The method is applicable to any translucent or transparent packaging material, such as HDPE, PET, glass, and the like, which transmit UV light needed to act the fluorescing dye. The term translucent is understood to include materials through which adequate light is transmitted, from relatively clear or transparent materials to ones which boarder on opaque.

A preferred fluorescing dye is made from riboflavin, which is Vitamin B12. The riboflavin is extremely sensitive to light and has an intense greenish yellow fluorescence when exposed to UV light. The riboflavin is added to water, along with sucrose, which is added to provide for adhesion. An example of a formula for a fluorescing dye for use in the present invention is set forth in

TABLE I
FLUORESCING DYE
Water 1 liter
Riboflavin 0.2 gram
Sucrose 100 grams

The riboflavin may be a commercially-available reagent grade product, such as Eastman Kodak #EK1177112 Riboflavin Orange Powder, or an equivalent. The water may be plant or process water.

The fluorescing solution is added to the sanitizer pump system after the sanitizer has been removed and the sanitizer system flushed. The sanitizer system is then primed with the fluorescing solution and the processing parameters set.

After the solution is sprayed onto the interiors of the test bottles, the solution is allowed to dry. This may be done by circulating ambient air into the interiors of the bottles for between approximately 3 to 7 seconds.

The interiors of the bottles are then illuminated with UV light, preferably from a long-wave UV lamp, to activate the riboflavin. The translucent nature of the bottles or containers allows the fluorescing dye to be activated by shining the UV light through the walls of the bottle or container. Appropriately qualified personnel then view the illuminated interior of the bottle to evaluate the degree of both the completeness of coverage (i.e., the percentage of the surface area that emits light) and the evenness of the coverage (i.e., whether the light emitted by the activated dye is of the same intensity over the entire coated surface). These determinations can be made by the unaided eye. If coverage is incomplete and/or uneven, the spray nozzles can be adjusted to improve these parameters. The test is then repeated to evaluate the effectiveness of the changed nozzle settings. Once it is determined that the coverage is satisfactory, the qualification of the sanitary spray sub-system nozzle settings is complete.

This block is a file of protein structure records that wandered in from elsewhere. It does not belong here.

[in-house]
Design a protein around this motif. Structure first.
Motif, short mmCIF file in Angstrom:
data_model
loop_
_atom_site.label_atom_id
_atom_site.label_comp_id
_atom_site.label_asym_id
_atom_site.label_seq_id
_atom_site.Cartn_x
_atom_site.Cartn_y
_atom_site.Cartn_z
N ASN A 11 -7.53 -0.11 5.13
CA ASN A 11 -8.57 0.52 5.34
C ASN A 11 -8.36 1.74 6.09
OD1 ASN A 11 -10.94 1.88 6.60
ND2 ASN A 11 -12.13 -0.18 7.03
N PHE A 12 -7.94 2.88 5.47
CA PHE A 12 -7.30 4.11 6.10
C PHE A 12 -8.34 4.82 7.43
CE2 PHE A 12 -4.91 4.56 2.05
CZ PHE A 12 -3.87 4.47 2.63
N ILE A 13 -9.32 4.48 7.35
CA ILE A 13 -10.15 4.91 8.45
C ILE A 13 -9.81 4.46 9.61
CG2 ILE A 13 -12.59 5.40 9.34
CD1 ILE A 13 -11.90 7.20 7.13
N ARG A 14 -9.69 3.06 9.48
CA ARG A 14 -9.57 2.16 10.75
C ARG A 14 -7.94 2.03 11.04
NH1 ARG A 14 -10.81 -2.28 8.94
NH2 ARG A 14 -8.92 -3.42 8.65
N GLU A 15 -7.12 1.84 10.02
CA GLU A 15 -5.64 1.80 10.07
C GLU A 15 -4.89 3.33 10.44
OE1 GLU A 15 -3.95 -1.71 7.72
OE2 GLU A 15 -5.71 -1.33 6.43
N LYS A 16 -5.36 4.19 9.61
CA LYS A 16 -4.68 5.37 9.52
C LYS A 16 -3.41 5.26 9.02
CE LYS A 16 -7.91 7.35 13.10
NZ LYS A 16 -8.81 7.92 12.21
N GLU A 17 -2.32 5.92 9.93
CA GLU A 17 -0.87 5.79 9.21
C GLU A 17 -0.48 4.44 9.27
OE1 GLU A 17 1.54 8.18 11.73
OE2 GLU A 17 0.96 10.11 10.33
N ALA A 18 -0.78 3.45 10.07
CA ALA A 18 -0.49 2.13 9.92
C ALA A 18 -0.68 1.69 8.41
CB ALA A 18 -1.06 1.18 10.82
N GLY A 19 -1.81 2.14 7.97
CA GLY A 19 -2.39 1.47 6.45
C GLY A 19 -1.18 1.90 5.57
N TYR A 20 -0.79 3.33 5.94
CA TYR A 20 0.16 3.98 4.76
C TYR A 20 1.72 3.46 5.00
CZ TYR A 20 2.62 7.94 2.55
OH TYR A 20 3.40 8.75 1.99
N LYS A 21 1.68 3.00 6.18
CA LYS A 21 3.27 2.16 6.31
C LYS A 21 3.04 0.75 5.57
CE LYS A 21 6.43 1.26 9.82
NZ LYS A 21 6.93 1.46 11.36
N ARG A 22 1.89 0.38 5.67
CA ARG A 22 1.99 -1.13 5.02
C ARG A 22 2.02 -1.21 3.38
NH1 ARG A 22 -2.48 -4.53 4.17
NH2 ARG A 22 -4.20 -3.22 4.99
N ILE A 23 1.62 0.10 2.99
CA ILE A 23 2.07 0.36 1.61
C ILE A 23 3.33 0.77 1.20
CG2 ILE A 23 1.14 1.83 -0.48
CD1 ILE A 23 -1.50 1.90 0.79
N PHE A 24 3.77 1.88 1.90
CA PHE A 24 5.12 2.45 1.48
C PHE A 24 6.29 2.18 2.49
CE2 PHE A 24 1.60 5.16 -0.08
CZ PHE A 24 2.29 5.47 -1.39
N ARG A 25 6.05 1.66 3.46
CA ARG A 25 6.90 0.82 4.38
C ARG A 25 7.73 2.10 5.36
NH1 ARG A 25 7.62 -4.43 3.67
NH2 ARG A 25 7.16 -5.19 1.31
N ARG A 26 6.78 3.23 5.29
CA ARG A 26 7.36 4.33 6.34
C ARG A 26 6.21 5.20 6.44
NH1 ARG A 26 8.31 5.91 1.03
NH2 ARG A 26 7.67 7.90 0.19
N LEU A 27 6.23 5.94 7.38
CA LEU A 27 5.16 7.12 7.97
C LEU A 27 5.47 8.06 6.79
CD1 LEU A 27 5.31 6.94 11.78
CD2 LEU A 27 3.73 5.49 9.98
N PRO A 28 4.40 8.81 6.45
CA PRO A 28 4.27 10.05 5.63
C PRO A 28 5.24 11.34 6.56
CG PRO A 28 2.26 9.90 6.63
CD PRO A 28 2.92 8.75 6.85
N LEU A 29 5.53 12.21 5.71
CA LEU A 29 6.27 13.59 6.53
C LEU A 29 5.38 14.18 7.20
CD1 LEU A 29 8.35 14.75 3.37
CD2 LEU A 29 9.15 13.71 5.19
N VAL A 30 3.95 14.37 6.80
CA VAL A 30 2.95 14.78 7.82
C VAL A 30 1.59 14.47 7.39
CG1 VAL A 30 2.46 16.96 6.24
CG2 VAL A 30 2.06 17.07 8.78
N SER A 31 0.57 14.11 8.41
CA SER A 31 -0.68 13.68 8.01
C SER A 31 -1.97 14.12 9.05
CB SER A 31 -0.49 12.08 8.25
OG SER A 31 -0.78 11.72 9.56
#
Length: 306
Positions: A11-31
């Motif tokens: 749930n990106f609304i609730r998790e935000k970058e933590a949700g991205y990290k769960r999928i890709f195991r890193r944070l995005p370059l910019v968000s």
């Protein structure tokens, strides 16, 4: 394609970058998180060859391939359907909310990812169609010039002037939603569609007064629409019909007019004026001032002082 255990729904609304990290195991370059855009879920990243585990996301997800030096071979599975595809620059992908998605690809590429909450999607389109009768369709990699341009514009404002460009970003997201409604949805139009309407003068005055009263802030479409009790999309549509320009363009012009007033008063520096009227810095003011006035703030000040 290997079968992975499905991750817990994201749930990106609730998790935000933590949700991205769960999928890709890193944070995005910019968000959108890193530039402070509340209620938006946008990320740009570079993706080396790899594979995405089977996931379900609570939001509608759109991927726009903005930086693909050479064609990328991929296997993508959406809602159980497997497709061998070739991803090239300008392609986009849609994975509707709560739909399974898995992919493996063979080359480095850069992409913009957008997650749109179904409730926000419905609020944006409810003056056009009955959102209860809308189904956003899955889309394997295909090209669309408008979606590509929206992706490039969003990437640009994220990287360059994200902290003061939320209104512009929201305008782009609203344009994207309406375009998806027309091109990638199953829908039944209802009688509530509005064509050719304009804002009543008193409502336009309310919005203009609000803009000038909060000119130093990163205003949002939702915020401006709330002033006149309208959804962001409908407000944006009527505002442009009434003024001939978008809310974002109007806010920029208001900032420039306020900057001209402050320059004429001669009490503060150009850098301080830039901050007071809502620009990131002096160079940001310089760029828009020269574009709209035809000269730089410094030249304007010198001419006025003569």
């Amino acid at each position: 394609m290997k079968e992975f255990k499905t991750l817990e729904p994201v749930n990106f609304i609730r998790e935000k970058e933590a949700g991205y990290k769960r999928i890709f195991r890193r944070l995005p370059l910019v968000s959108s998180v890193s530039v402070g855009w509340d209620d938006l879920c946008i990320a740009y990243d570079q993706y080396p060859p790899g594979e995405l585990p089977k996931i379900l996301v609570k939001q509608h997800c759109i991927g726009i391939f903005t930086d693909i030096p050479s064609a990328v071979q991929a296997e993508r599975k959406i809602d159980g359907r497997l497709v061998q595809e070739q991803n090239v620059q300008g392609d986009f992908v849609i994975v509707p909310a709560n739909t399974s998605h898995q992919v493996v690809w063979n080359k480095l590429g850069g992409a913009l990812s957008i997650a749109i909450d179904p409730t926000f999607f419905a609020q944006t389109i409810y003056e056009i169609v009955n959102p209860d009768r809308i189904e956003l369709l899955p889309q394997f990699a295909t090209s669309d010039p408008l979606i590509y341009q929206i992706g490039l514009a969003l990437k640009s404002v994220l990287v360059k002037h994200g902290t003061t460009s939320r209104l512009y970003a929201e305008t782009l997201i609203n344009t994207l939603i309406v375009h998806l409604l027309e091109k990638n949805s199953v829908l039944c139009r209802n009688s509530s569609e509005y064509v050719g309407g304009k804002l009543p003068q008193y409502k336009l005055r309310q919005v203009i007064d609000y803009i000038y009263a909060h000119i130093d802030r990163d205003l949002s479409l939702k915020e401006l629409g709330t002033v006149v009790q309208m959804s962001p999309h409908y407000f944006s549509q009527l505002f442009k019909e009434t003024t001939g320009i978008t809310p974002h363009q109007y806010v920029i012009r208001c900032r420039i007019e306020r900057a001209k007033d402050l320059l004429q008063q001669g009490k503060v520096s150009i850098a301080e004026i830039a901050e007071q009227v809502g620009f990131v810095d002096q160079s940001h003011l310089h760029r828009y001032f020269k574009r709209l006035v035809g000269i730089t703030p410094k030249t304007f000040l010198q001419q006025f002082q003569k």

Thus, a method for evaluating the effectiveness of the coverage of the sanitizing spray in a bottle fill-and-cap operation has been provided that meets all of the objects of present invention. Although the invention has been described in terms of a preferred embodiment, there is no intent to limit it to the same. Instead, the invention is defined by the scope of the following claims.

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Referenced by
Citing PatentFiling datePublication dateApplicantTitle
US7105350 *Aug 30, 2002Sep 12, 2006Tropicana Products, Inc.Closure integrity test method for hot-fill bottling operation
US20120294760 *Mar 16, 2012Nov 22, 2012Heinz HumeleMethod and apparatus for the sterilization of packaging means
Classifications
U.S. Classification250/302, 250/458.1
International ClassificationA61L2/28, A61L2/18
Cooperative ClassificationA61L2/28, A61L2/18
European ClassificationA61L2/28, A61L2/18
Legal Events
DateCodeEventDescription
Nov 25, 2002ASAssignment
Owner name: TROPICANA PRODUCTS, INC., FLORIDA
Free format text: ASSIGNMENT OF ASSIGNORS INTEREST;ASSIGNORS:FOSTER, TAMMY;JANSEN, CHRISTINE;SCHUMAN, JAMES D.;REEL/FRAME:013529/0031
Effective date: 20021115
Nov 19, 2007FPAYFee payment
Year of fee payment: 4
Nov 26, 2007REMIMaintenance fee reminder mailed
Nov 18, 2011FPAYFee payment
Year of fee payment: 8
Nov 18, 2015FPAYFee payment
Year of fee payment: 12